Cholowski puts a pass into the slot that has two possibilities. Larkin is the primary target, but if the puck gets by the players in the slot, Nielsen is in a good position to skate right into it. The result of this play is two good scoring chances. Vanek is stopped on a stuff attempt, then Nielsen gets the puck and moves it to Hronek, then to Cholowski for a one-timer that hits the post.
The puck movement here is good overall, and the players don’t just stand in one spot. Last week, there was a lot of standing around.
After this next two clips, we’ll have another 3 clip sequence that leads to the goal, but first here is something I noticed happen a couple times.
Athanasiou is too low for this one-timer to be a dangerous shot. Even if there is a rebound, it’ll most likely go out towards the boards than in front of the net. The set up is good, and Hronek makes another good, quick pass (notice a pattern?), but Athanasiou has to know not to slide down that low because it really decreases the quality of the one-timer.
While this next clip isn’t exactly what Ryan Stimson is talking about when he talks about more player movement (which I talked about last week), it’s a step in the right direction. At one point, both Mantha and Nielsen are below the goal line. Mantha heads back towards his “spot,” but he goes slowly in case Nielsen goes back to him behind the net. When Mantha gets to the slot, Vanek is in position for a quick passing play to get him the puck for a shot. Notice how even though Mantha has 3 defenders close to him, he finds space where he has room to get a shot off.
Next we have the three clip sequence that leads to Athanasiou’s goal. While he’s not the only person who makes good plays here, his movement is a vital part of this goal.
First, he carries into the zone and passes to Mantha before a defender can close him down. Then, he gives Mantha a passing option. Even though the puck eventually goes to Bertuzzi, Athanasiou was giving support. As the play develops, Athanasiou comes higher to give Hronek passing options.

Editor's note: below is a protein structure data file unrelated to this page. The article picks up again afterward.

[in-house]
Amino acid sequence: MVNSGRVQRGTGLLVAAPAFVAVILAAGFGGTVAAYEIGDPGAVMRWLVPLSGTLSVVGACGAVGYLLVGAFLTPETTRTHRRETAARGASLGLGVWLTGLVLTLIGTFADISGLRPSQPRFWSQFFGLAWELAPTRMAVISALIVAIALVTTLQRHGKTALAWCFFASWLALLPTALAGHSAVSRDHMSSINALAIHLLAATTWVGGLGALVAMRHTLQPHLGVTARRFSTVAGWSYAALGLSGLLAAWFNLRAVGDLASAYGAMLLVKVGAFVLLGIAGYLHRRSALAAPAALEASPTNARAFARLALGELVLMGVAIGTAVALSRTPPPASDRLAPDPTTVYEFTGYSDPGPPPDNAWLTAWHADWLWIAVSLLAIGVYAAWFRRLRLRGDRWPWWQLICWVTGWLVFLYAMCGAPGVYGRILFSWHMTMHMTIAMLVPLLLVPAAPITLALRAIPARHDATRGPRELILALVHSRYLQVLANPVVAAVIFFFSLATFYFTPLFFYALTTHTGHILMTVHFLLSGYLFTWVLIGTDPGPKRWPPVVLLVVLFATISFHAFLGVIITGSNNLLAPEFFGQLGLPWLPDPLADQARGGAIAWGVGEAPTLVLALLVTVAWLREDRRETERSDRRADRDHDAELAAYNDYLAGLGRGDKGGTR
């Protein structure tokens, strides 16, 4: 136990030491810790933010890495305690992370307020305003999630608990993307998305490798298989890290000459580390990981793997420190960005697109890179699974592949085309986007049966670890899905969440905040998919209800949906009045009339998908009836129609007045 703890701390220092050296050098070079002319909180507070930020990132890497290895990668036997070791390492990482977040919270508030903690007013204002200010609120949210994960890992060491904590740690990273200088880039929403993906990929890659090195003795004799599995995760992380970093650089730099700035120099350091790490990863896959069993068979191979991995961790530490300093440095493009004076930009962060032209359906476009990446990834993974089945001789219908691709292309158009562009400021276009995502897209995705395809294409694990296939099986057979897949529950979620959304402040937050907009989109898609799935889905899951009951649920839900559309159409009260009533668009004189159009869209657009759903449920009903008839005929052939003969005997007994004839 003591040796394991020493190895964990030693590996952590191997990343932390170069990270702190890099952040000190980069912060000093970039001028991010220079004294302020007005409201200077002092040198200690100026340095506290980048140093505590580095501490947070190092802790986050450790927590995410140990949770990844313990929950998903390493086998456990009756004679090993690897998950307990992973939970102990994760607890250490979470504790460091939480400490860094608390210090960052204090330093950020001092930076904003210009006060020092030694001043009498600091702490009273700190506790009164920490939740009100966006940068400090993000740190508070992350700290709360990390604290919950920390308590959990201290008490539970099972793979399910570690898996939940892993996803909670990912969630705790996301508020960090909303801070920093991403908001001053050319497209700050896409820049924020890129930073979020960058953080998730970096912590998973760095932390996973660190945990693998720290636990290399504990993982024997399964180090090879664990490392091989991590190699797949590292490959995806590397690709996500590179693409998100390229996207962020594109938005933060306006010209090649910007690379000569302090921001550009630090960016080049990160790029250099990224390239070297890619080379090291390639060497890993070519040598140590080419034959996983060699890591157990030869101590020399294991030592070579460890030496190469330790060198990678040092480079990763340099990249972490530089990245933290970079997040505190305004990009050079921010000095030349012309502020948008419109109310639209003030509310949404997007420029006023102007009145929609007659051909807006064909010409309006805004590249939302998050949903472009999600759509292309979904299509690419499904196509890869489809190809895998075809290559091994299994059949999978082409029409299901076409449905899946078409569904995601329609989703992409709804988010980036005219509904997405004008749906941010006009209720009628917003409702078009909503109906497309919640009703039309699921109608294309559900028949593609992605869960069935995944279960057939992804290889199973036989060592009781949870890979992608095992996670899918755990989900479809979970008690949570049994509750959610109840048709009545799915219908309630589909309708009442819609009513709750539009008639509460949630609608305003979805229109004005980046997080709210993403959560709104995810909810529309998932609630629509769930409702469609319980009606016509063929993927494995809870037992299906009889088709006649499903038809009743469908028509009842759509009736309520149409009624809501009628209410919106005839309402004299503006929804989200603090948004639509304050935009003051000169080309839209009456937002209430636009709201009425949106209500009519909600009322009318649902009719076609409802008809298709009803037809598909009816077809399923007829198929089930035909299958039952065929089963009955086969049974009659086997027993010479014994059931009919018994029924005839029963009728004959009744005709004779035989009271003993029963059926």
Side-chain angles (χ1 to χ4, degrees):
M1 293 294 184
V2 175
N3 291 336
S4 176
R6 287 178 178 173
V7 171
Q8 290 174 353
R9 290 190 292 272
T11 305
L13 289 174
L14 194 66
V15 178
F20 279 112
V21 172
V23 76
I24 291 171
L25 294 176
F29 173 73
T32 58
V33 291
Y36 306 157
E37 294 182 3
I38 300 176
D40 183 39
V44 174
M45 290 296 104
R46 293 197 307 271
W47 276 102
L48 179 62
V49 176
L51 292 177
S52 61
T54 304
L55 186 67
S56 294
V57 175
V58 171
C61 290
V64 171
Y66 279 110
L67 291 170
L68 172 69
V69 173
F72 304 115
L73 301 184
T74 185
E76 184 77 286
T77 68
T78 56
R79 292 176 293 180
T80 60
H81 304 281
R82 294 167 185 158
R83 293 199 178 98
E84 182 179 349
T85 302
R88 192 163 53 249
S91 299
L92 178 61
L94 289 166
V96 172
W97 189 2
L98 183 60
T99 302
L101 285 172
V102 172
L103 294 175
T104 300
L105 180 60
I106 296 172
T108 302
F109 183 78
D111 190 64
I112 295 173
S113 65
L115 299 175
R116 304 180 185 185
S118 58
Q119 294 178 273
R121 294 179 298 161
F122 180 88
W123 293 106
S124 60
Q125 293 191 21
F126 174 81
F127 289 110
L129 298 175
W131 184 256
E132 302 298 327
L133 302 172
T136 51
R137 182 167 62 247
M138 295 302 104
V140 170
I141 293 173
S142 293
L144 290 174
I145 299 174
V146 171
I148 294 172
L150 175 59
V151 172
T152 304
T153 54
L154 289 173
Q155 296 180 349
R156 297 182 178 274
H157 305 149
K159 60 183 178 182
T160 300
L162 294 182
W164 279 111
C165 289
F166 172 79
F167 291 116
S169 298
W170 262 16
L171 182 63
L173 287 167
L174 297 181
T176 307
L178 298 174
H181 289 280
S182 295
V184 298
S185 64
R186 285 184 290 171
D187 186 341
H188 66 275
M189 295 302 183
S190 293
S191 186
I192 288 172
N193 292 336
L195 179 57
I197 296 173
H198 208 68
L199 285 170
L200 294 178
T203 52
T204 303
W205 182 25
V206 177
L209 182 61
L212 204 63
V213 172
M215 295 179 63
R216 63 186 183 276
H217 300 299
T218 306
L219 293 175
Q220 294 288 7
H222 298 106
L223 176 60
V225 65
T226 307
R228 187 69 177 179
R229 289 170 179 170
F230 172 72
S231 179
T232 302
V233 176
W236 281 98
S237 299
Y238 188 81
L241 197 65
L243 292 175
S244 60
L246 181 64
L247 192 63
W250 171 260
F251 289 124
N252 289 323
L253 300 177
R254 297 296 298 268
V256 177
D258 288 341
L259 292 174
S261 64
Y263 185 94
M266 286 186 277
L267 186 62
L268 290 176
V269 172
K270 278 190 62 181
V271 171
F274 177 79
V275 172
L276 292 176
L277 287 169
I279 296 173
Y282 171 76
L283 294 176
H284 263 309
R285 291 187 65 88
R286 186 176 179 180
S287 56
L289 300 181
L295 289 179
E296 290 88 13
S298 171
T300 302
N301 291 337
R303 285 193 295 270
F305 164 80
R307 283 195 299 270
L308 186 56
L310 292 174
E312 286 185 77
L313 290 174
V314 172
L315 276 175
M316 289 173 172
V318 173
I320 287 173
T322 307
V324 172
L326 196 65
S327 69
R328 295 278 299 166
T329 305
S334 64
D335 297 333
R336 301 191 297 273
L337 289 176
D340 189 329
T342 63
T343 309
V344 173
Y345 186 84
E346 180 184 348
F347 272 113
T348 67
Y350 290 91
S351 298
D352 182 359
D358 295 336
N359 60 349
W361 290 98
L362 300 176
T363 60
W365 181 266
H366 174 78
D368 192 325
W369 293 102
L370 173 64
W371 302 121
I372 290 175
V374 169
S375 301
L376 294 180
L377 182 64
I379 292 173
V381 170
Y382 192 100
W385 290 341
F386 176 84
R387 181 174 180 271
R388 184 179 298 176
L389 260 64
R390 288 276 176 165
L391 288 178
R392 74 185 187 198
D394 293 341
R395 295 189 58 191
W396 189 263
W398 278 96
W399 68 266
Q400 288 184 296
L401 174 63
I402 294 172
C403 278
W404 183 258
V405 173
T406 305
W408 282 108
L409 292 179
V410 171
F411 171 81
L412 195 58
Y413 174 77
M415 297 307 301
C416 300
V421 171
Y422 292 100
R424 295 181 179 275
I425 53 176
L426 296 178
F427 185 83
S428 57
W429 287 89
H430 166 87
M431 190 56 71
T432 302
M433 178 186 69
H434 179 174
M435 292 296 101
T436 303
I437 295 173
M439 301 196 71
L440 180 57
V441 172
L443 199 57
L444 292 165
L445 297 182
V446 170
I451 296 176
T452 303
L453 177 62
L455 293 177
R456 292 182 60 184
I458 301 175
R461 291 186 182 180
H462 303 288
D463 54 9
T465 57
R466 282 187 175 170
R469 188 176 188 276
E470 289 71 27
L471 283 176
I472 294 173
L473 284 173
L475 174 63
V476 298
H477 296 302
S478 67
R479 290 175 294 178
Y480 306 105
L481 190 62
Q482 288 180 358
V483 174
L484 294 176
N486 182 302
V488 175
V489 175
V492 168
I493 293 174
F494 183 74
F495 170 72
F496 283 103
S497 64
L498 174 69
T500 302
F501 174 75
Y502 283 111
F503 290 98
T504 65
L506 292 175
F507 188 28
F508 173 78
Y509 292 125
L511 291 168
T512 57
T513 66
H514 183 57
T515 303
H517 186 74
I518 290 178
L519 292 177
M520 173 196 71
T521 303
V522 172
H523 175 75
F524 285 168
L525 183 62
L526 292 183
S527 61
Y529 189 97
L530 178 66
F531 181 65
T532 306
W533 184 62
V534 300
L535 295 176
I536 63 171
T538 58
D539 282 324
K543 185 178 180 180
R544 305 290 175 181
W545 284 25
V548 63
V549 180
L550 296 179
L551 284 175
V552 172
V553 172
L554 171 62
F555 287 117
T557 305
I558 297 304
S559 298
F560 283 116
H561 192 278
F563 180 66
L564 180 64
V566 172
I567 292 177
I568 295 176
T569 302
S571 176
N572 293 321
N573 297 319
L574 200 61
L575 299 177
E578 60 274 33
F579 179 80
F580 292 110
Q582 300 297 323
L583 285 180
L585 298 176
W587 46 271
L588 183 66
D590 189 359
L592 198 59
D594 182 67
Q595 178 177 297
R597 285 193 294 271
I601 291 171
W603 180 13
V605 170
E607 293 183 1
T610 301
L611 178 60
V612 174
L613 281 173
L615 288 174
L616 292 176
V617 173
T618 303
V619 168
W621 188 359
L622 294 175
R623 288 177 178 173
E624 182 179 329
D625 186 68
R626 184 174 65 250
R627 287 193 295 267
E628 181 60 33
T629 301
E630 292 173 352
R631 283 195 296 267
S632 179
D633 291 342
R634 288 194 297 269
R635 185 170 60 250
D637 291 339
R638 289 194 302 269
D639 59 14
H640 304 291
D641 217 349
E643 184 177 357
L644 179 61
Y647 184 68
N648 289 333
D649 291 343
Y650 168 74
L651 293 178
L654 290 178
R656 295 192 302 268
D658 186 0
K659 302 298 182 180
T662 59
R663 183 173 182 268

This next clip is the sequence that mainly makes this goal happen. Athanasiou goes around the net to the other side. As he does, Detroit’s players move. Mantha slides back to play the point of the 1-3-1 as Hronek moves to the open space that Athanasiou left open. Before you watch the video, take a look at these two screenshots. The first is before Athanasiou goes behind the goal, the second is after.
Notice that the Montreal players have barely moved, and they now have to respond to a player where they weren’t expecting one to be. Even though Athanasiou takes the puck to the boards, the player movement opened up the possibility of a backdoor play to Hronek.
Nyquist takes the puck in the slot, and the combination of Detroit fighting hard for the puck and Montreal having an extra player to defend on the right side leads to Athanasiou being open for the one-timer.
Against Winnipeg, here we see a good example of quick, decisive puck movement leading to a scoring chance from the slot. Kronwall has a tendency to slow the play down, although in the three games I watched for this article, he moved the puck quicker than usual. If he continues to do that, he can contribute on the power play, even though he would be behind Green, Cholowski, and Hronek on my power play defenseman depth chart.
Before the last clip of the article, Cholowski’s power play goal against Winnipeg, here is a quick clip that illustrates again that Hronek is ready to be playing on an NHL power play.
This fake shot / pass is so good here from Kronwall that Cholowski has an entire second to settle the puck down and score. If you’ve been reading this series regularly, you’ll know that I’ve been critical of Kronwall on the power play in many instances. He, and the team in general, did a much better job of moving the puck quickly than last week.
After an overall pretty terrible performance two weeks ago, the last week saw signs of improvement. The team was playing much better than the previous week, especially in regards to moving the puck quickly and being in motion themselves. While I still don’t agree with the decision to continue having Kronwall on the power play with Mike Green’s return, if he moves the puck like he did last week, he can be an asset and not a liability. Hronek is ready, and with the team not close to playoff contention, I don’t see a reason, even a misguided one, to play Kronwall over Hronek at 5v4 now. Get the young player more NHL reps to help prepare for next year and beyond.
With the All-Star break fast approaching, we have one more edition next week before another one week break. If there’s some aspect that you are interested in reading about next week, please let me know in the comments, and I’ll see if it’s something I can focus on for next time.